Henry Ruggs III
- School: Alabama
- Position: WR
- Height: 5’ 11”
- Weight: 188 lbs.
- DOB: 1/23/1999
- Breakout Age: None
- Forty Time: 4.27
Why should any team use a first-round draft pick on a player that has no breakout age, and has never been his team’s wide receiver 1 in college? Of course, Henry Ruggs III is no ordinary wide receiver. This guy will enter the NFL as one of, if not the best athlete in the league. Henry Ruggs became a starter for Alabama as a Sophomore but has never been their lead receiver. But after stepping into the starting role Ruggs made an immediate impact as a playmaker, scoring 11 touchdowns as a sophomore then posting 8 more as a junior.
Playing on an Alabama team loaded with offensive weapons such as Jerry Jeudy, Devonte Smith, Najee Harris, and Jaylen Waddle it is easy to see why Ruggs wasn’t at the top of the nation in yards and receptions. The passing attack led by Tua Tagovailoa distributed the ball to all of his weapons. Still, the nonexistent breakout age is impossible to ignore. With this in mind, it is easy to see why Henry Ruggs III is the most controversial player in the draft class.
Speed | Explosiveness
To give you an idea of just how fast Ruggs is let’s take a look at his touchdown against South Carolina this past season. At his peak speed, Ruggs was traveling at 24.3 mph. Since NextGen stats have become available, the fastest in-game speed ever tracked in the NFL was 23.2 mph by Tyreek Hill three years ago. Given that, Henry Ruggs’ III speed is not elite, it is second to none.
Body Control | Hands
Ruggs is known as a speedster, however, that is not all that he can do. His ability to contort his body while going full speed and in mid-air is elite. Ruggs is able to do this with ease while maintaining his concentration to make the tough catches. Although he is not going to win every jump ball, he has good enough hands to make contested catches, is incredible tracking the ball downfield, and does not lose concentration when he knows that he is going to take a big hit.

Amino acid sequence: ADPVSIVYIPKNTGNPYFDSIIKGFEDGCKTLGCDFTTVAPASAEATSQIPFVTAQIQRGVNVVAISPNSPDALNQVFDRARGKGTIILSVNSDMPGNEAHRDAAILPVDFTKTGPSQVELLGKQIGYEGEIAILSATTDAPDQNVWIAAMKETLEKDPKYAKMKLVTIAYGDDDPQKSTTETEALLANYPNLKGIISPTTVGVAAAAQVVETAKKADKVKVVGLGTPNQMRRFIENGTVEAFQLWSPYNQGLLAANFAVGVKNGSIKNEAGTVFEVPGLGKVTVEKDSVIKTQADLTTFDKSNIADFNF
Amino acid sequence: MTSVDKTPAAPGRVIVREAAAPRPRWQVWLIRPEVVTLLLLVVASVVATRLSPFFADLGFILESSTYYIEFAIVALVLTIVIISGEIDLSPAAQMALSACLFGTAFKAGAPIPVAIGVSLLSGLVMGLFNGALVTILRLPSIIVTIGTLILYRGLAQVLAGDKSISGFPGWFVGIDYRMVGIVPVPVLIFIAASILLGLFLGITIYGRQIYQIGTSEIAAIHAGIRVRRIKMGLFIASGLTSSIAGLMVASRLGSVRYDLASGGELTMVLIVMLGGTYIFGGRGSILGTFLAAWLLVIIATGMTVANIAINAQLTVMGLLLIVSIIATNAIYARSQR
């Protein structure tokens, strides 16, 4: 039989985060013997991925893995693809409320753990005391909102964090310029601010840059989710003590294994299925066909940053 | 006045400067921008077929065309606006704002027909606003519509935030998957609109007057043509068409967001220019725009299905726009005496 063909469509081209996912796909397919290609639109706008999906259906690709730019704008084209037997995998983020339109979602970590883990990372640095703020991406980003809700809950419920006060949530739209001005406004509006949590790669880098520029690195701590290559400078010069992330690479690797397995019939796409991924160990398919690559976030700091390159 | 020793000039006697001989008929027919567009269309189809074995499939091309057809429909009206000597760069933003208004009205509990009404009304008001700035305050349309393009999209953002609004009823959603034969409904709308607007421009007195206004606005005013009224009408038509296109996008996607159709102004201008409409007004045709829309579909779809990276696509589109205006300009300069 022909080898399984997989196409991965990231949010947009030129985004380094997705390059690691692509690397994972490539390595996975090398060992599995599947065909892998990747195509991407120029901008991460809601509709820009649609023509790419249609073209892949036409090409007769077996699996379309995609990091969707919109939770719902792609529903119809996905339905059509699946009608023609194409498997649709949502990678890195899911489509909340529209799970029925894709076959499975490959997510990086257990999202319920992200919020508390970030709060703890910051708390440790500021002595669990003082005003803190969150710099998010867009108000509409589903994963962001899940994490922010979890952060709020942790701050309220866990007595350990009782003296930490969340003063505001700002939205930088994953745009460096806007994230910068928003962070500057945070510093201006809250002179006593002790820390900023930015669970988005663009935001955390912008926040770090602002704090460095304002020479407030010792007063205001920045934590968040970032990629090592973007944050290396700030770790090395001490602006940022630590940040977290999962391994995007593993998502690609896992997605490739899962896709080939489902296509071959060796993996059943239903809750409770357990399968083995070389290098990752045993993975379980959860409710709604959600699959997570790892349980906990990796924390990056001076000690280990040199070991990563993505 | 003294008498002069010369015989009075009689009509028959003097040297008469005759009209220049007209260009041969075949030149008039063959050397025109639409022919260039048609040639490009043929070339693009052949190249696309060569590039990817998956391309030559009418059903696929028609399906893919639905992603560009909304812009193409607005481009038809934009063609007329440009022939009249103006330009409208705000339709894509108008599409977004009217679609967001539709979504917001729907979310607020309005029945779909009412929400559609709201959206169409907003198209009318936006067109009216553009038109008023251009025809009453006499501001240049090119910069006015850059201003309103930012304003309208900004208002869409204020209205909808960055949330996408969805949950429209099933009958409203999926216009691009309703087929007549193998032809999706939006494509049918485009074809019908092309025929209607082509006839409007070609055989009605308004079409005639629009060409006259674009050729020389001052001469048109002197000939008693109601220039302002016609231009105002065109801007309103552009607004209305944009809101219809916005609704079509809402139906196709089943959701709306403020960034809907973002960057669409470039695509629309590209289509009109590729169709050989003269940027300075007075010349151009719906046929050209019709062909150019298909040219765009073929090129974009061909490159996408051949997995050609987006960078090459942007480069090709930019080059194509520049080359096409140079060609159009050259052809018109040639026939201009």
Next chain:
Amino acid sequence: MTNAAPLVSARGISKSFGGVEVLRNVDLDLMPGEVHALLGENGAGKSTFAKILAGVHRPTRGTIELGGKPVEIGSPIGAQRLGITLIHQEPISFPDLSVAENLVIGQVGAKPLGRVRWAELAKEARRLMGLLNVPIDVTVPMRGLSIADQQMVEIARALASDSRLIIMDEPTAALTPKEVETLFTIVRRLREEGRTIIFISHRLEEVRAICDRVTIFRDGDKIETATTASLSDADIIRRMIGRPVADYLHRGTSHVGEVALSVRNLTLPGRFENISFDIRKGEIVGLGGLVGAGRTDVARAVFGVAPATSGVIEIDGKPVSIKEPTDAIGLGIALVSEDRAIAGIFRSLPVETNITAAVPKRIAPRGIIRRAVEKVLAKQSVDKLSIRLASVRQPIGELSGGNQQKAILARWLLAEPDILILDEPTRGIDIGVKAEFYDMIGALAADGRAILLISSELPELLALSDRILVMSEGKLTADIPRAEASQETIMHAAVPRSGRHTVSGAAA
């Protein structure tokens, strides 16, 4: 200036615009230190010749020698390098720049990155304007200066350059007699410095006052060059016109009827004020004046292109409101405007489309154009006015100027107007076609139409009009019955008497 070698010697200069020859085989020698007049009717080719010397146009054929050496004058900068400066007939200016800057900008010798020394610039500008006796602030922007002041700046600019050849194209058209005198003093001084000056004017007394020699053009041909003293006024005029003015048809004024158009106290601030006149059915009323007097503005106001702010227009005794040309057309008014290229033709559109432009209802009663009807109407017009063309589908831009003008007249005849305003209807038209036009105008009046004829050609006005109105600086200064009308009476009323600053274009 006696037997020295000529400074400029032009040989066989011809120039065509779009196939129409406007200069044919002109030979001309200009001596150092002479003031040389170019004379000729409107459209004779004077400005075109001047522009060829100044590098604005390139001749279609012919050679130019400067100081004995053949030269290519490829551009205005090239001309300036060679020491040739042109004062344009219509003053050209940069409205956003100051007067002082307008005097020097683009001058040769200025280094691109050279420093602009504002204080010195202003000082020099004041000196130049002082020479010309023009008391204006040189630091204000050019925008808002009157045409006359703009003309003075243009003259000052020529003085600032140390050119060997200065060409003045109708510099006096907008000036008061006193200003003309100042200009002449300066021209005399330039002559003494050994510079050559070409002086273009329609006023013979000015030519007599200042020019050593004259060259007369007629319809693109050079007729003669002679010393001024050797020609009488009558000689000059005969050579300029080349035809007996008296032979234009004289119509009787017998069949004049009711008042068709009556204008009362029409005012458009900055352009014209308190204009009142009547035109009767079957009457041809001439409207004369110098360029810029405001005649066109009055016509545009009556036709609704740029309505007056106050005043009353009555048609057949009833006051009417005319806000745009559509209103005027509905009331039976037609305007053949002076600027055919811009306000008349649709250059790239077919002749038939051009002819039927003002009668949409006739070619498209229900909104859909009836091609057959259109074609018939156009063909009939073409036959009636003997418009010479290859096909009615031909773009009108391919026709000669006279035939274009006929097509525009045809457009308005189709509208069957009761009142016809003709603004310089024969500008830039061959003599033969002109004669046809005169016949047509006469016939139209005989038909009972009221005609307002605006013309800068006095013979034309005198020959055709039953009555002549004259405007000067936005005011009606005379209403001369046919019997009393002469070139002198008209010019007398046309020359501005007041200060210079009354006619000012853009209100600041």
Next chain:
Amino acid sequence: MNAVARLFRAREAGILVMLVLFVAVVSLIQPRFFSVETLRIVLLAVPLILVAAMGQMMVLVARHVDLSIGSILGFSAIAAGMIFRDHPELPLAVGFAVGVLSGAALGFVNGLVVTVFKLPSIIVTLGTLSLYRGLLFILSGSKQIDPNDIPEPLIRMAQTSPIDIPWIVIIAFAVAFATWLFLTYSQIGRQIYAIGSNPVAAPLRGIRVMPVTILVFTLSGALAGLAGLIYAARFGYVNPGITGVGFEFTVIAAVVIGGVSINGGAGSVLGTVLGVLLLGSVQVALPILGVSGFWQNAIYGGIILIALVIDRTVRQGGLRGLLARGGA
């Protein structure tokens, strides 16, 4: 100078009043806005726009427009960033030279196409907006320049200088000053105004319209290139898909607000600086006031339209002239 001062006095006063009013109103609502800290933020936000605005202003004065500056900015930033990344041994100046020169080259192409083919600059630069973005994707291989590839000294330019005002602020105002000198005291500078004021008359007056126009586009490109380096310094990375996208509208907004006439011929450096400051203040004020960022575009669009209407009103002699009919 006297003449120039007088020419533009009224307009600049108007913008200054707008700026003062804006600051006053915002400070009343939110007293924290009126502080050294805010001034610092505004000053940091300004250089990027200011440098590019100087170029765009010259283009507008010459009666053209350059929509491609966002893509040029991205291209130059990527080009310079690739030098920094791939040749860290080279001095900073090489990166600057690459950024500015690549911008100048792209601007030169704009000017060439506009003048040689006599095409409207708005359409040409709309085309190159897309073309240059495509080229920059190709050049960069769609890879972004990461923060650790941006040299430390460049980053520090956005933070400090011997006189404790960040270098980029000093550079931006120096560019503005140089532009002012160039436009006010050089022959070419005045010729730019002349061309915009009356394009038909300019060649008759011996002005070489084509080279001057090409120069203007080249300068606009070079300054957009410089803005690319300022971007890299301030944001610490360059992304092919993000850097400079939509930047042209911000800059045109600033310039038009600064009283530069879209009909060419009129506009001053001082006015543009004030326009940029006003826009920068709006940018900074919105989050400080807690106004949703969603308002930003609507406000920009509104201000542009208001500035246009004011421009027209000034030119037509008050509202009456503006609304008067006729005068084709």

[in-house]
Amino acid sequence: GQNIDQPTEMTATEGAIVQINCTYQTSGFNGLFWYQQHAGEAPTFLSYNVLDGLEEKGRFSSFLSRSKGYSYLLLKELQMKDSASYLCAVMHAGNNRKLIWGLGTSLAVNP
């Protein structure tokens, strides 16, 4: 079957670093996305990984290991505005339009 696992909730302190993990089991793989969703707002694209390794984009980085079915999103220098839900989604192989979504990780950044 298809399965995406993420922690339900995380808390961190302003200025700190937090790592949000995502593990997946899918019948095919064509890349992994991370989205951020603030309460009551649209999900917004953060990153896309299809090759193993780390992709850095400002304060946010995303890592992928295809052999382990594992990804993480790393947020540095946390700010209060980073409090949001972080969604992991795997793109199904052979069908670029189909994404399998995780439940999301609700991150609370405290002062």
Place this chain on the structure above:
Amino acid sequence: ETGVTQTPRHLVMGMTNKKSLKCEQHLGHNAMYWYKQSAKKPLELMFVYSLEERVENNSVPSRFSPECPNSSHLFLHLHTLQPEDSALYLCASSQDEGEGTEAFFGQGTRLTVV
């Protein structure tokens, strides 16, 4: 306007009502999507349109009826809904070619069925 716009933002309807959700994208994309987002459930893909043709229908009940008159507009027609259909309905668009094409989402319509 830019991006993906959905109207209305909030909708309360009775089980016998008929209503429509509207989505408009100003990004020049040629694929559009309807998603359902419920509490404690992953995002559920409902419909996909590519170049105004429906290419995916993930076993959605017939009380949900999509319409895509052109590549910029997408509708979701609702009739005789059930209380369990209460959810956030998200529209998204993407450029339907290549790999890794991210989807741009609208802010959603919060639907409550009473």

Since Henry Ruggs III is simply an athlete, he can line up on the outside at X receiver, in the slot, or the backfield. His versatility as an offensive threat will allow Ruggs to get the ball in his hands in many different ways, but he is also a surprisingly physical blocker. Although Ruggs is not yet able to run a full route tree, he possesses a quickness on short slot routes that will carry over to the NFL. Also, his versatility will make him an option in the return game.
Release Against the Press
The biggest concern that continued to pop out watching Henry Ruggs III film, was his inability to disengage with defensive backs once they got their hands on him. Due to his speed and explosive release, Ruggs is usually given a large cushion in man coverage. However, when defensive backs do press him, he is taken out of the play completely more often than not. Ruggs will need to work on this and improve this at the next level if he wants to become a WR1.
Surprisingly, out of all of the top 24 wide receivers of this past season, there was only one who did not have a breakout age coming into the NFL. Who was it? Tyreek Hill, a college running back. The importance of an early breakout age for any wide receiver prospect cannot be stressed enough. So when a receiver simply has not broken out, this is a huge red flag.
Henry Ruggs III is a playmaker, therefore, will make an immediate impact as a big-play receiver. Ruggs will always be able to fall back on his athleticism and playmaking ability leaving him with a fairly high floor. But, does Ruggs have the potential to be a WR1?
The answer to that is yes, only if he shows improvement getting off of physical corners and getting back onto his routes, then Ruggs could take over a top pass-catching role. Do I believe that Ruggs will become a WR1? Unfortunately, I do not. Above all, the lack of breakout age greatly decreases the odds of Ruggs becoming a top wide receiver, no matter how athletic he is. Since we have never seen Ruggs take on a large workload, it is hard to envision him becoming a 6-8 reception per game player. Due to Henry Ruggs III being a roll of the dice in rookie drafts, but having a fairly high floor, this makes him my wide receiver 5 in this draft class.
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